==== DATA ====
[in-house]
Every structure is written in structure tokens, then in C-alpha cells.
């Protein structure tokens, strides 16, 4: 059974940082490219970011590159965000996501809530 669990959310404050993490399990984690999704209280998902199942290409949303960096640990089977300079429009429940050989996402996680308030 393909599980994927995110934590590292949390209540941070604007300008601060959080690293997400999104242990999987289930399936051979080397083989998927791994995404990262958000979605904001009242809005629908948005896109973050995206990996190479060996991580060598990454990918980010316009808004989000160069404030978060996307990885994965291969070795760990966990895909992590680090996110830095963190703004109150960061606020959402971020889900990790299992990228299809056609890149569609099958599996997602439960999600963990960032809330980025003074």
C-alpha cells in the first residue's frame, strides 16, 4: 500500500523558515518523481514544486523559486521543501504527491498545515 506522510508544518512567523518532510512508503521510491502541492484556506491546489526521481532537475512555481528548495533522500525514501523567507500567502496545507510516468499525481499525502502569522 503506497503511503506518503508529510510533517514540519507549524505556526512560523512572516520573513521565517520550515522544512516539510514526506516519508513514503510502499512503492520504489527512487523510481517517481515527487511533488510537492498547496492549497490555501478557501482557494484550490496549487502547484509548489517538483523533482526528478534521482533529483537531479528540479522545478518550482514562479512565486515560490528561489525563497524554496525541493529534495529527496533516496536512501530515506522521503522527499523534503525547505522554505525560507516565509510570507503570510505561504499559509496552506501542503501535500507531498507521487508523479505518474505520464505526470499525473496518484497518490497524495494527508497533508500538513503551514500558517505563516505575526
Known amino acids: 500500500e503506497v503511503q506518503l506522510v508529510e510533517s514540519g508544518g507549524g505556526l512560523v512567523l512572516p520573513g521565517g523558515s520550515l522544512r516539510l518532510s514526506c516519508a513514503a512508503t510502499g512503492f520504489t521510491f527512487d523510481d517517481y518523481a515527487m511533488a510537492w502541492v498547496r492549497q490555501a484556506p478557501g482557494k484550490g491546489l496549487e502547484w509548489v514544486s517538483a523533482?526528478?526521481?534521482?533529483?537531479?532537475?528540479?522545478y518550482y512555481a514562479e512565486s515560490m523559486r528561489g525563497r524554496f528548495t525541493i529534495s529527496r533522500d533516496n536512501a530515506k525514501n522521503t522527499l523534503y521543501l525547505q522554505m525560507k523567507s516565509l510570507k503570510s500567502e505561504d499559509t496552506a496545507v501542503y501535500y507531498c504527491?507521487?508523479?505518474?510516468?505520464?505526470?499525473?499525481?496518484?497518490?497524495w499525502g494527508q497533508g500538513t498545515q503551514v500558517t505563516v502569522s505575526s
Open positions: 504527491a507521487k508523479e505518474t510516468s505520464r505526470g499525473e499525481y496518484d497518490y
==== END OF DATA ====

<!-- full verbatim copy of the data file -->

[in-house]
Every structure is written in structure tokens, then in C-alpha cells.
């Protein structure tokens, strides 16, 4: 059974940082490219970011590159965000996501809530 669990959310404050993490399990984690999704209280998902199942290409949303960096640990089977300079429009429940050989996402996680308030 393909599980994927995110934590590292949390209540941070604007300008601060959080690293997400999104242990999987289930399936051979080397083989998927791994995404990262958000979605904001009242809005629908948005896109973050995206990996190479060996991580060598990454990918980010316009808004989000160069404030978060996307990885994965291969070795760990966990895909992590680090996110830095963190703004109150960061606020959402971020889900990790299992990228299809056609890149569609099958599996997602439960999600963990960032809330980025003074």
C-alpha cells in the first residue's frame, strides 16, 4: 500500500523558515518523481514544486523559486521543501504527491498545515 506522510508544518512567523518532510512508503521510491502541492484556506491546489526521481532537475512555481528548495533522500525514501523567507500567502496545507510516468499525481499525502502569522 503506497503511503506518503508529510510533517514540519507549524505556526512560523512572516520573513521565517520550515522544512516539510514526506516519508513514503510502499512503492520504489527512487523510481517517481515527487511533488510537492498547496492549497490555501478557501482557494484550490496549487502547484509548489517538483523533482526528478534521482533529483537531479528540479522545478518550482514562479512565486515560490528561489525563497524554496525541493529534495529527496533516496536512501530515506522521503522527499523534503525547505522554505525560507516565509510570507503570510505561504499559509496552506501542503501535500507531498507521487508523479505518474505520464505526470499525473496518484497518490497524495494527508497533508500538513503551514500558517505563516505575526
Known amino acids: 500500500e503506497v503511503q506518503l506522510v508529510e510533517s514540519g508544518g507549524g505556526l512560523v512567523l512572516p520573513g521565517g523558515s520550515l522544512r516539510l518532510s514526506c516519508a513514503a512508503t510502499g512503492f520504489t521510491f527512487d523510481d517517481y518523481a515527487m511533488a510537492w502541492v498547496r492549497q490555501a484556506p478557501g482557494k484550490g491546489l496549487e502547484w509548489v514544486s517538483a523533482?526528478?526521481?534521482?533529483?537531479?532537475?528540479?522545478y518550482y512555481a514562479e512565486s515560490m523559486r528561489g525563497r524554496f528548495t525541493i529534495s529527496r533522500d533516496n536512501a530515506k525514501n522521503t522527499l523534503y521543501l525547505q522554505m525560507k523567507s516565509l510570507k503570510s500567502e505561504d499559509t496552506a496545507v501542503y501535500y507531498c504527491?507521487?508523479?505518474?510516468?505520464?505526470?499525473?499525481?496518484?497518490?497524495w499525502g494527508q497533508g500538513t498545515q503551514v500558517t505563516v502569522s505575526s
Open positions: 504527491a507521487k508523479e505518474t510516468s505520464r505526470g499525473e499525481y496518484d497518490y